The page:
Jane Jarvis, an accomplished jazz-pianist and organist for the Mets from 1964 to 1979, has died at the age of 94, according to the New York Times.
She pre-dates my experience as a Mets fan, but at moments like this I
always look towards Greg Prince of the excellent Faith and Fear in
Flushing to put things in a way that I could only wish to convey with digital ink:
If ever a cold January morning called for a round of the Mexican Hat
Dance, this is it. It’s a good time to hear Jane Jarvis on the Thomas
Organ welcoming us to Shea Stadium. It’s a good time to lean forward in
anticipation of an afternoon in the sun with the Mets and a hot dog and
whatever the next nine innings will bring.
Spring training can’t come soon enough.
Good news in Boston: An MRI on Red Sox outfielder Andrew Benintendi‘s left knee revealed no structural damage.
Benintendi slipped while trying to avoid a tag at second base, injuring his leg, but it appears he’s avoided a serious injury. A timetable for his return isn’t known at this point, but the Red Sox expect to get him back before the end of the season.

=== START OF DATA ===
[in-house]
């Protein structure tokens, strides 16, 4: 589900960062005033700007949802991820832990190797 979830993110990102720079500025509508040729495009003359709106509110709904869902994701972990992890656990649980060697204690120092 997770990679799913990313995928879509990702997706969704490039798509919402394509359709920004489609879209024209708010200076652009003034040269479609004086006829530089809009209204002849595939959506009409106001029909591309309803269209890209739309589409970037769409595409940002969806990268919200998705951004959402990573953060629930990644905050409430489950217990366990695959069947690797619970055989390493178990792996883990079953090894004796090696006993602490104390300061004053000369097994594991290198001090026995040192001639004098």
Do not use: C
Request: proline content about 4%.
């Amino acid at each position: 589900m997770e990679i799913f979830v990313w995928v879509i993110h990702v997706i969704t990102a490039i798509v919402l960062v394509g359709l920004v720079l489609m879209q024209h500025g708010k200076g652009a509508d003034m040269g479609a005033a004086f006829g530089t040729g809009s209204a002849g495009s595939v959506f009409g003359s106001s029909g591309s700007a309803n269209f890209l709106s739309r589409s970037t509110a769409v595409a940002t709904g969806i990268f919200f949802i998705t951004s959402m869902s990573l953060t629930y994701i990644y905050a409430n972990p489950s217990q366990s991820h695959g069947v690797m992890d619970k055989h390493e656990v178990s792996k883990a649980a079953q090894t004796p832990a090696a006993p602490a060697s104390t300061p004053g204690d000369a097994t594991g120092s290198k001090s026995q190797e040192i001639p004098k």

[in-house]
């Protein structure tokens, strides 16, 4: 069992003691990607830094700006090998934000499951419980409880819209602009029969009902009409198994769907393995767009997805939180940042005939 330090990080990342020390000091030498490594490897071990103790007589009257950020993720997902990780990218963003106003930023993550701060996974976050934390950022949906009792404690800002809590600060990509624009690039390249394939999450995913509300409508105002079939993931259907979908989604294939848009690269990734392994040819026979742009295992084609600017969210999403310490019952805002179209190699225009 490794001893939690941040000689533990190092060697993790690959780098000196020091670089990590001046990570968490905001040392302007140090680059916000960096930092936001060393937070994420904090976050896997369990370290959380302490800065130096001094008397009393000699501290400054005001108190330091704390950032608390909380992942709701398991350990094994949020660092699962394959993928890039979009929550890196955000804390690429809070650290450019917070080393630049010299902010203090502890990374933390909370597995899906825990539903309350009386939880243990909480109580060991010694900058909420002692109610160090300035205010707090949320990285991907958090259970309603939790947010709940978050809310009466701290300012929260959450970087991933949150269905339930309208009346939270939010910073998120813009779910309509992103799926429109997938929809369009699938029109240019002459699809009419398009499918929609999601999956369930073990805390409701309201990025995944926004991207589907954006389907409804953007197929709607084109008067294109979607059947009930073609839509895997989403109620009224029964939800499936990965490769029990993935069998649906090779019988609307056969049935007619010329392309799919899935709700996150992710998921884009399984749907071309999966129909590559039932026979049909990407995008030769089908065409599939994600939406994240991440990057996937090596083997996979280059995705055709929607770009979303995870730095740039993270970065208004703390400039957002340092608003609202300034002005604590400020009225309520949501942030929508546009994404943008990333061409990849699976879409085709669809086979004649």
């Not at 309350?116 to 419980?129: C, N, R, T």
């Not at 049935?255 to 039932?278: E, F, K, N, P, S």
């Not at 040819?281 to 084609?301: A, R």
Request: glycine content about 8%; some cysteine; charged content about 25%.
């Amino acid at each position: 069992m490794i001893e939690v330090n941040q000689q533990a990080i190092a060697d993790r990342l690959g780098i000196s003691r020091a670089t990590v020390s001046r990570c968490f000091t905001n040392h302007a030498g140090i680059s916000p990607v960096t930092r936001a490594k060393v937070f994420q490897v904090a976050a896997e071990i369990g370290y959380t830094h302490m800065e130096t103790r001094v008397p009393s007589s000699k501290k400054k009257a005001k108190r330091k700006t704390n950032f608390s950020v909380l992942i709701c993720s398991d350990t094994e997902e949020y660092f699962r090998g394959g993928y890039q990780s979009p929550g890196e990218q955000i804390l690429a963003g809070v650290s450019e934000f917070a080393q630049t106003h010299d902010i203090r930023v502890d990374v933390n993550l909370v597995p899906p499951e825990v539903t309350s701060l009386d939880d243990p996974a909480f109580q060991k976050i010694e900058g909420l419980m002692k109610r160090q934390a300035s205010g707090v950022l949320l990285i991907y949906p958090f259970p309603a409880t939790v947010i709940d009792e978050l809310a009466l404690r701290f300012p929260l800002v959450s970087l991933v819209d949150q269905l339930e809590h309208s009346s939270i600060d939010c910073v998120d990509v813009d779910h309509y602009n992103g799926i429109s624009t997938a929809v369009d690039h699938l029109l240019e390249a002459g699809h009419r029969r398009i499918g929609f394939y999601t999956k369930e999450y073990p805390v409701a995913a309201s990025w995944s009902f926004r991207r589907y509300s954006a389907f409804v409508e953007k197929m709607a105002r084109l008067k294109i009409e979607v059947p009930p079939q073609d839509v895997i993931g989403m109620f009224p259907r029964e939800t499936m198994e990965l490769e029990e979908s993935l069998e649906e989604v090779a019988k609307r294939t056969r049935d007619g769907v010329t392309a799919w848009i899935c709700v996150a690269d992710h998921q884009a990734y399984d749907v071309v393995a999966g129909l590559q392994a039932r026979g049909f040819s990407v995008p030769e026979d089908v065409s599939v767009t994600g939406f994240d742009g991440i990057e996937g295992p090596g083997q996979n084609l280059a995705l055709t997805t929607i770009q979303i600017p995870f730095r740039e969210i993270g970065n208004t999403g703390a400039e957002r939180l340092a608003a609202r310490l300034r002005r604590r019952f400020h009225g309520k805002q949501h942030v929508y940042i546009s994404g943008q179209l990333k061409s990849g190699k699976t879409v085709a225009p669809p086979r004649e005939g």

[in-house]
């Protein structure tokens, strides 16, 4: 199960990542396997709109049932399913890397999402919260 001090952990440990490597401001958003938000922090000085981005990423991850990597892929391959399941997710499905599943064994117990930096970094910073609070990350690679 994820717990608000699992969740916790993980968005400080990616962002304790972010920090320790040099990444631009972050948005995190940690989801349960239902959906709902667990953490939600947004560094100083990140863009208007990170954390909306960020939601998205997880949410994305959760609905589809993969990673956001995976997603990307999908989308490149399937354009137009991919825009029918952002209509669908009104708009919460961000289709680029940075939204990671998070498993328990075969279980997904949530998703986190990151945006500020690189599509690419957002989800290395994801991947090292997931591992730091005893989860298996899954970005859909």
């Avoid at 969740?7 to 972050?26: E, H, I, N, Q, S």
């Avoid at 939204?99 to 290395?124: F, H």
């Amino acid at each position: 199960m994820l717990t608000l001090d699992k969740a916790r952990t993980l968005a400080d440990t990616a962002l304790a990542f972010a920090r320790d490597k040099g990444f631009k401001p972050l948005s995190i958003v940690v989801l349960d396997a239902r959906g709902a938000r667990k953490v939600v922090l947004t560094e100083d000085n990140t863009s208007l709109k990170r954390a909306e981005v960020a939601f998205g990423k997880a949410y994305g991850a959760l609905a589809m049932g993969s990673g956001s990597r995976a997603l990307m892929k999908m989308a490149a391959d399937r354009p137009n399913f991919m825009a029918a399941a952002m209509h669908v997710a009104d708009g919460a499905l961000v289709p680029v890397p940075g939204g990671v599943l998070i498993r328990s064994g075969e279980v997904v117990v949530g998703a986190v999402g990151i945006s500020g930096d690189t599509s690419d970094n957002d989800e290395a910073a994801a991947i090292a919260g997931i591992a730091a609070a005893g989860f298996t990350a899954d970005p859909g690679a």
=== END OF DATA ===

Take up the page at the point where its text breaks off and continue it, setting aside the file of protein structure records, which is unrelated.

Benintendi is hitting .324/.365/.485 with a homer and ten RBI in 21 games.
And then there was one. One player from the 2008 World Series champs, that is. Ryan Howard likely isn’t going anywhere so he’ll be the last one to turn the lights off, but today Carlo Ruiz bid adieu to the Phillies following his trade to Los Angeles.
Lost in all of the emotions the Dodgers are reported to be feeling about A.J. Ellis leaving is the fact that Ruiz was one of the most beloved Phillies players ever, by both his teammates and their fans. Yesterday Roy Halladay penned a heartfelt goodbye to Ruiz, suggesting that he was every bit as essential to his and the Phillies’ success as Ellis has been to Clayton Kershaw (and in pure baseball production, obviously, quite more).
Today Chooch left a message for his now former teammates: